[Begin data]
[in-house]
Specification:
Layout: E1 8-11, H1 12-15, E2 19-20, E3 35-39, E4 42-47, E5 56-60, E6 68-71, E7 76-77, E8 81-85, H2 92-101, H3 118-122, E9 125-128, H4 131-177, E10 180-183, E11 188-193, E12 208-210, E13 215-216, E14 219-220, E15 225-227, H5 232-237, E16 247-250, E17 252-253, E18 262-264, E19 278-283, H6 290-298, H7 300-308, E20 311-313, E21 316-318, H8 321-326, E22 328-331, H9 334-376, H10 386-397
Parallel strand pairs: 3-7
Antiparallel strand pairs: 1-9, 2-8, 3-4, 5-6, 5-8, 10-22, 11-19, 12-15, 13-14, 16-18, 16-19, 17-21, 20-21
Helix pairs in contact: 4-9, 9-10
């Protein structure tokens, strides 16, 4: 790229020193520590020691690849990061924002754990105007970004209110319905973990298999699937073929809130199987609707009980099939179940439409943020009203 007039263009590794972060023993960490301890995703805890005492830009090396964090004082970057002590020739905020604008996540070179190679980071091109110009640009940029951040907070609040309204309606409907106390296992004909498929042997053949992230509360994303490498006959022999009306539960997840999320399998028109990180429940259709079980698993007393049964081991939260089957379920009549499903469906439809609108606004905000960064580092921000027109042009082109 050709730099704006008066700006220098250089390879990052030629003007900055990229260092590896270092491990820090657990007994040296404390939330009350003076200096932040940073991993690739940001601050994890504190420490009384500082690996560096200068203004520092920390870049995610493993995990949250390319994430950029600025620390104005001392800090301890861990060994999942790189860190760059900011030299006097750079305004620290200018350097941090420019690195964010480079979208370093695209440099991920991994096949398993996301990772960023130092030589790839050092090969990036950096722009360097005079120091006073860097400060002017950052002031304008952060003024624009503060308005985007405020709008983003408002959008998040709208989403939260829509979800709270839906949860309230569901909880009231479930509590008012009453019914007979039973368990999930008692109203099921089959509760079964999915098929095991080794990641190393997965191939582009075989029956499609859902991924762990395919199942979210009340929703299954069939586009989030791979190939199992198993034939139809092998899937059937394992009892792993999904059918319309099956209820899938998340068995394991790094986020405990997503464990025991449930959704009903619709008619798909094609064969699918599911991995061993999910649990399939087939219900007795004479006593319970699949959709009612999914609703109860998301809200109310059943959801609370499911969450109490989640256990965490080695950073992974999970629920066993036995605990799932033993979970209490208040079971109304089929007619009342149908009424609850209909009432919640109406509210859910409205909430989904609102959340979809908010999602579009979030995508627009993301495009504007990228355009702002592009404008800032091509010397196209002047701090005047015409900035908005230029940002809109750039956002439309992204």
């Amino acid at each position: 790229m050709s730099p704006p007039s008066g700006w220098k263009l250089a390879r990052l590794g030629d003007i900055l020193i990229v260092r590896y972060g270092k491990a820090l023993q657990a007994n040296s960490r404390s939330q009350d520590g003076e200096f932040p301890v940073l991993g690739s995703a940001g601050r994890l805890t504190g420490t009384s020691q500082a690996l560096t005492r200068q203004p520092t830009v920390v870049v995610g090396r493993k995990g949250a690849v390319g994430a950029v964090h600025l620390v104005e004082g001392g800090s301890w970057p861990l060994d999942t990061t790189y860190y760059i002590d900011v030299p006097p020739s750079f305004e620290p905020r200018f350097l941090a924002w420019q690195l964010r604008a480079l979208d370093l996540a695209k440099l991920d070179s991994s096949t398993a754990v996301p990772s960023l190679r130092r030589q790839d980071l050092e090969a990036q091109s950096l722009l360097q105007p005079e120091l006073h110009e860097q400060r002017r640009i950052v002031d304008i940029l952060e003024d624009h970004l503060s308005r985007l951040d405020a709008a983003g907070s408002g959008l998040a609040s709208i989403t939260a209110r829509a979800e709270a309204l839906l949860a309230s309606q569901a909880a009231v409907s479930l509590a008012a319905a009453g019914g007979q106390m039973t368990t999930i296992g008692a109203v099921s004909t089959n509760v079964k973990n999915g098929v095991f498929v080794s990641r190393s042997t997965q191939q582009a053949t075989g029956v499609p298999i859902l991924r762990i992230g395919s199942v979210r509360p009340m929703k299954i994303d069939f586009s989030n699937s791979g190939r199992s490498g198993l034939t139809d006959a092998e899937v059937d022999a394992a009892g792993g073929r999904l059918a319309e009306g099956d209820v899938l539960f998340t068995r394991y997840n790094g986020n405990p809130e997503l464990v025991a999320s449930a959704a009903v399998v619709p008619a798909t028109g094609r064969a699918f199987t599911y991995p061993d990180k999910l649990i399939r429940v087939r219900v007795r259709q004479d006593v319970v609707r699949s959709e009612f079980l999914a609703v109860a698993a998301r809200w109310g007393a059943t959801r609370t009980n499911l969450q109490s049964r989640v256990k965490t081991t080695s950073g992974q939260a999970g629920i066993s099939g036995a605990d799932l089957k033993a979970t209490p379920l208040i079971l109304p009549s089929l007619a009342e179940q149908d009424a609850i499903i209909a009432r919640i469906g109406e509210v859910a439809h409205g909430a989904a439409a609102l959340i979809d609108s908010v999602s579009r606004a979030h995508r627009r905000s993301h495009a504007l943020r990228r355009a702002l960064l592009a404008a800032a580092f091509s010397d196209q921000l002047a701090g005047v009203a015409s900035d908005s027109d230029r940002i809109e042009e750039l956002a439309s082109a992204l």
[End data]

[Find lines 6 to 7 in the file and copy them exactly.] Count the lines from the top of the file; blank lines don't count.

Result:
Helix pairs in contact: 4-9, 9-10
């Protein structure tokens, strides 16, 4: 790229020193520590020691690849990061924002754990105007970004209110319905973990298999699937073929809130199987609707009980099939179940439409943020009203 007039263009590794972060023993960490301890995703805890005492830009090396964090004082970057002590020739905020604008996540070179190679980071091109110009640009940029951040907070609040309204309606409907106390296992004909498929042997053949992230509360994303490498006959022999009306539960997840999320399998028109990180429940259709079980698993007393049964081991939260089957379920009549499903469906439809609108606004905000960064580092921000027109042009082109 050709730099704006008066700006220098250089390879990052030629003007900055990229260092590896270092491990820090657990007994040296404390939330009350003076200096932040940073991993690739940001601050994890504190420490009384500082690996560096200068203004520092920390870049995610493993995990949250390319994430950029600025620390104005001392800090301890861990060994999942790189860190760059900011030299006097750079305004620290200018350097941090420019690195964010480079979208370093695209440099991920991994096949398993996301990772960023130092030589790839050092090969990036950096722009360097005079120091006073860097400060002017950052002031304008952060003024624009503060308005985007405020709008983003408002959008998040709208989403939260829509979800709270839906949860309230569901909880009231479930509590008012009453019914007979039973368990999930008692109203099921089959509760079964999915098929095991080794990641190393997965191939582009075989029956499609859902991924762990395919199942979210009340929703299954069939586009989030791979190939199992198993034939139809092998899937059937394992009892792993999904059918319309099956209820899938998340068995394991790094986020405990997503464990025991449930959704009903619709008619798909094609064969699918599911991995061993999910649990399939087939219900007795004479006593319970699949959709009612999914609703109860998301809200109310059943959801609370499911969450109490989640256990965490080695950073992974999970629920066993036995605990799932033993979970209490208040079971109304089929007619009342149908009424609850209909009432919640109406509210859910409205909430989904609102959340979809908010999602579009979030995508627009993301495009504007990228355009702002592009404008800032091509010397196209002047701090005047015409900035908005230029940002809109750039956002439309992204």